When we were invited to reflect on the possibilities for playing with boundaries, we were in the middle of completing an exhibition. The obvious response was to use the opportunityto give the exhibition’s concept a kind of test run. We did so less for reasons of advertising than out of an interest in finding a form in which a methodology of exhibition beyond the dichotomy of theory and practice could be negotiated. At the time we proposed the thesis that our lecture itself was an exhibition. That was not intended as a provocation;rather, it was a serious attempt to give priority to our film examples over the spoken word. The idea was to give the films the status of intellectual, emotional, and aestheticarguments; to that end, it was important to choose the right medium. We saw our task in organizing the cinematic images as if we were installing an exhibition. The difficulty in writingabout this venture afterward is that the images themselves can only be represented, and they lose their complexity thereby. Their meaning is of necessity reduced to the meaning we give to them; other levels of meaning are closed off to readers. That makes our text more flat; we lack not only the support but also the competition of meanings and sensualities that made our play with boundaries possible. There is no use crying over what was said back then, but the problem remains: how can thinking about an exhibition be brought into this new form. Not only the excitement but also opportunity for an opening, and potentially even the derailment or tattering of what had been thought previously, should continue to bepossible. For us, it seemed worth experimenting: namely, if the images can occur here only as support for a given line of argument and no longer as something autonomous thatcan also undercut our arguments, then we will attribute to the theses themselves the status of images. The theses will be organized as pictures in an exhibition: that is to say, in arelationship to one another that is not restricted to epistemological thinking but also develops its own aesthetic effect, or at least does not preclude that possibility. The risk of such aprocedure is, primarily, that it might fail: that nothing of interest might happen or that the gesture would not point beyond simple self-mirroring, the fetishising of one’s own practices.With a little luck, however, something else comes of it.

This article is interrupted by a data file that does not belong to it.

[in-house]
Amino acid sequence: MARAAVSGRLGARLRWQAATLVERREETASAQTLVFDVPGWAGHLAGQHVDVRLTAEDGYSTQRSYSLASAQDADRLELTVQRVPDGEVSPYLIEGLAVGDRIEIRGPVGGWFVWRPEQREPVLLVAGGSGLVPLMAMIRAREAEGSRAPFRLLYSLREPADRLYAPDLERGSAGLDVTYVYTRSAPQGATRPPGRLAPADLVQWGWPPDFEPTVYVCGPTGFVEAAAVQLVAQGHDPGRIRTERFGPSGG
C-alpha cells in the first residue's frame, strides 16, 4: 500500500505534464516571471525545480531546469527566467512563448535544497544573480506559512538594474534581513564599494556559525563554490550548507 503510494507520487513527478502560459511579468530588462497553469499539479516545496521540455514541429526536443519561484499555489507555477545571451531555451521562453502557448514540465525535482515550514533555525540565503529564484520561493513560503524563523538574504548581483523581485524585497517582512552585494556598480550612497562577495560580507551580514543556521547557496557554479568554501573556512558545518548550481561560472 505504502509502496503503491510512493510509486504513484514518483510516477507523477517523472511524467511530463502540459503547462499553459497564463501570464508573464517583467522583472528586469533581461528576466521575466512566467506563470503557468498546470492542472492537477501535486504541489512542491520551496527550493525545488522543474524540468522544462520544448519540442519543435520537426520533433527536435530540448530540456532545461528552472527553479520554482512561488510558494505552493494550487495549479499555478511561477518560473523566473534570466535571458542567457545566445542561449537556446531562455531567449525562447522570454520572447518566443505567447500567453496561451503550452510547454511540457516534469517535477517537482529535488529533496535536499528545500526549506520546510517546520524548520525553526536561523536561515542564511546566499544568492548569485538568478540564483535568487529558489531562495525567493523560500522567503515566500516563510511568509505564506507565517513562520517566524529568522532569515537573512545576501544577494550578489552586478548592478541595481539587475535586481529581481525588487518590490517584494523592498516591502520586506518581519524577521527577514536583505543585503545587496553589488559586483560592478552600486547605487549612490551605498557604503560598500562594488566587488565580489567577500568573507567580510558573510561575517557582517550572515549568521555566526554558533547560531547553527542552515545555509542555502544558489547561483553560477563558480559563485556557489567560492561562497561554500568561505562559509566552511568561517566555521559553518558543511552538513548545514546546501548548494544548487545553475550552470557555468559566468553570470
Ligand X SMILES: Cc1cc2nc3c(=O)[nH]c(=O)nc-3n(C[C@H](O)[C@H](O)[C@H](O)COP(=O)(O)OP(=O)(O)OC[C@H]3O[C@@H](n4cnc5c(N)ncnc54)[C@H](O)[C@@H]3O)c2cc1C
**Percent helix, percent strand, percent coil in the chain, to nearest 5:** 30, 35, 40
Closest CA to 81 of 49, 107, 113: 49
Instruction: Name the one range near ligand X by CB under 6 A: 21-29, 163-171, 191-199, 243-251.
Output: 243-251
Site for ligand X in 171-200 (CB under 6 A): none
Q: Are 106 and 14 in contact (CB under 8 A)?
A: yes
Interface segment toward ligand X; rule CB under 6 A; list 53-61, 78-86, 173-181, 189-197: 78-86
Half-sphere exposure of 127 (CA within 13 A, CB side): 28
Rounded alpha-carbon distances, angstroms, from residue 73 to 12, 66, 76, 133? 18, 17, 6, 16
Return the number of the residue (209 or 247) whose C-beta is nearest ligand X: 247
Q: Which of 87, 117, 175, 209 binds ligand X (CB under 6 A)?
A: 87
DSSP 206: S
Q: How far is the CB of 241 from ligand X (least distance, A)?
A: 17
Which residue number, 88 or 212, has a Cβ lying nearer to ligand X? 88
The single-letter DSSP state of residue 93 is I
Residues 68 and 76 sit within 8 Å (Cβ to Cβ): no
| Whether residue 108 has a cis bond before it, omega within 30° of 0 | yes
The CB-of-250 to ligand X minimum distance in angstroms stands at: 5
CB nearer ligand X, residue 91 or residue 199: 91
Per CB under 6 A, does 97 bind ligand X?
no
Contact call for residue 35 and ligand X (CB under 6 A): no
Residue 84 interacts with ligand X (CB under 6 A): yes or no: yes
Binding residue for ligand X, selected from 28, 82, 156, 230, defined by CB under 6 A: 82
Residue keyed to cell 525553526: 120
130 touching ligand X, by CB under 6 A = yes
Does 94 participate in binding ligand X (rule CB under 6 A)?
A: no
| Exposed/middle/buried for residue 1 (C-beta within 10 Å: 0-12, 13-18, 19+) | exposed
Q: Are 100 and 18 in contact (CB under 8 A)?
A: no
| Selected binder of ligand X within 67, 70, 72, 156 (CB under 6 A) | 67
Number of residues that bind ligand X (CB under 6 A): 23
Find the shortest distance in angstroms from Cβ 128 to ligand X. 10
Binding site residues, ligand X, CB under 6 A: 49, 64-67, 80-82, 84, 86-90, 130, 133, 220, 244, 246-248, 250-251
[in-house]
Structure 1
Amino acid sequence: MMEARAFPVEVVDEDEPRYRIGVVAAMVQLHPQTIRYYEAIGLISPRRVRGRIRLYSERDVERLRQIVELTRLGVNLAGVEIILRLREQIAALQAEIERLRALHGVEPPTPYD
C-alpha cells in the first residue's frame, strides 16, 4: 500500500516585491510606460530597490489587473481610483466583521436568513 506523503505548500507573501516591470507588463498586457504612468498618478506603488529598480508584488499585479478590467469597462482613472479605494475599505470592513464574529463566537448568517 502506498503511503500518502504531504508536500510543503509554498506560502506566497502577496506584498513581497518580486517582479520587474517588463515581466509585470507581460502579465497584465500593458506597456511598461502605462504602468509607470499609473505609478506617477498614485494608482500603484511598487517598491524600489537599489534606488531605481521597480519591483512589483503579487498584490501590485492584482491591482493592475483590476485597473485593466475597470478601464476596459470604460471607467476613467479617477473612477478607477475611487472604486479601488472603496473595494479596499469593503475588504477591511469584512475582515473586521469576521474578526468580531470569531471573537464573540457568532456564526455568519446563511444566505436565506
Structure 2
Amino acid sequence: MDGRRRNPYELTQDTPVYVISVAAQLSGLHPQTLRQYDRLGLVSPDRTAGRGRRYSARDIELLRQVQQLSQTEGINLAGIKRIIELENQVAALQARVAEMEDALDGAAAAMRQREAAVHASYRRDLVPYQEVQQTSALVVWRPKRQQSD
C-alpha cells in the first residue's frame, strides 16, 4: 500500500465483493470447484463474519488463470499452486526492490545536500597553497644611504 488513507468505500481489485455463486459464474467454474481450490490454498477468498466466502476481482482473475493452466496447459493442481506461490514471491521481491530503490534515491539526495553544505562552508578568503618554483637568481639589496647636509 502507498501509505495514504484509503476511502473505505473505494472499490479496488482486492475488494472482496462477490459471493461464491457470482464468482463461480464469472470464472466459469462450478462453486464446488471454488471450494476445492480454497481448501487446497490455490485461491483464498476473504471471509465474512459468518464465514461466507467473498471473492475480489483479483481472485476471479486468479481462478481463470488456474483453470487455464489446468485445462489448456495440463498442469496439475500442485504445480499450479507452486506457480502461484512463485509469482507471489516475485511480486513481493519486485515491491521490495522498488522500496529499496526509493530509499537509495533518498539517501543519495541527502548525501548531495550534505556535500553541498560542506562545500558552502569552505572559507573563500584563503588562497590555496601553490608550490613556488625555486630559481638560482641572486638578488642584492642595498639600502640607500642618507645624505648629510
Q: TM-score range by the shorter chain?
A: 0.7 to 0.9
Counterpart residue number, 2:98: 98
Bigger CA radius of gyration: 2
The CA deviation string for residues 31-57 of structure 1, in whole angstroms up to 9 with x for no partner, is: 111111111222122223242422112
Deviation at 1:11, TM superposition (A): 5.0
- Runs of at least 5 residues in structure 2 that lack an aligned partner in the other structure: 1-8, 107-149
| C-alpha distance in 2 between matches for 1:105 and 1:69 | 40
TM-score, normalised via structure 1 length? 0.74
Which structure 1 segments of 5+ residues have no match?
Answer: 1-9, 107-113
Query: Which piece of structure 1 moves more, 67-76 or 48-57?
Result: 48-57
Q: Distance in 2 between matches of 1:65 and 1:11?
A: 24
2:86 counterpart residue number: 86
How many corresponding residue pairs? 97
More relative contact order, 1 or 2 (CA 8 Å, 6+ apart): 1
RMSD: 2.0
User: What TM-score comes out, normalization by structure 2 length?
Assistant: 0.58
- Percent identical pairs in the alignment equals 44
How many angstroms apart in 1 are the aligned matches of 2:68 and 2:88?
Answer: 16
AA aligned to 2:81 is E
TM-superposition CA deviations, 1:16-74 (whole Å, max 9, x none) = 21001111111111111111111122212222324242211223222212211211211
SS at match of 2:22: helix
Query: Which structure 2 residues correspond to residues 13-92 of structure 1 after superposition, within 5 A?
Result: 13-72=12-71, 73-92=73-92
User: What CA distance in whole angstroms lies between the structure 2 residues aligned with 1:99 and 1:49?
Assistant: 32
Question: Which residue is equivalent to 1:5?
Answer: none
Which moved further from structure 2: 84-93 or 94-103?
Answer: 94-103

The point of departure for our venture is the thesis that it is possible to imagine the exhibition as one of those transitional zones with which the present publication is concerned. Anexhibition would thus be a place where the drawing of boundaries could be made visible without this visibility necessarily going hand in hand with a legitimisation of the boundaries.An exhibition would also be a place where things (artworks, discourses, fields) could be assembled in such a way that the joints creak. For example, in an exhibition on the currentfate of modernism one might clarify the relationship between political populism and aesthetic hermeticism; or, as was done in our above- mentioned exhibition, inquired about therelationship between the organizational forms of the global justice movement and aesthetic relationality.1 But we are not happy with the image of a place that makes a given praxis possiblea priori. We want to characterize the exhibition itself, not its topology, as a form of action.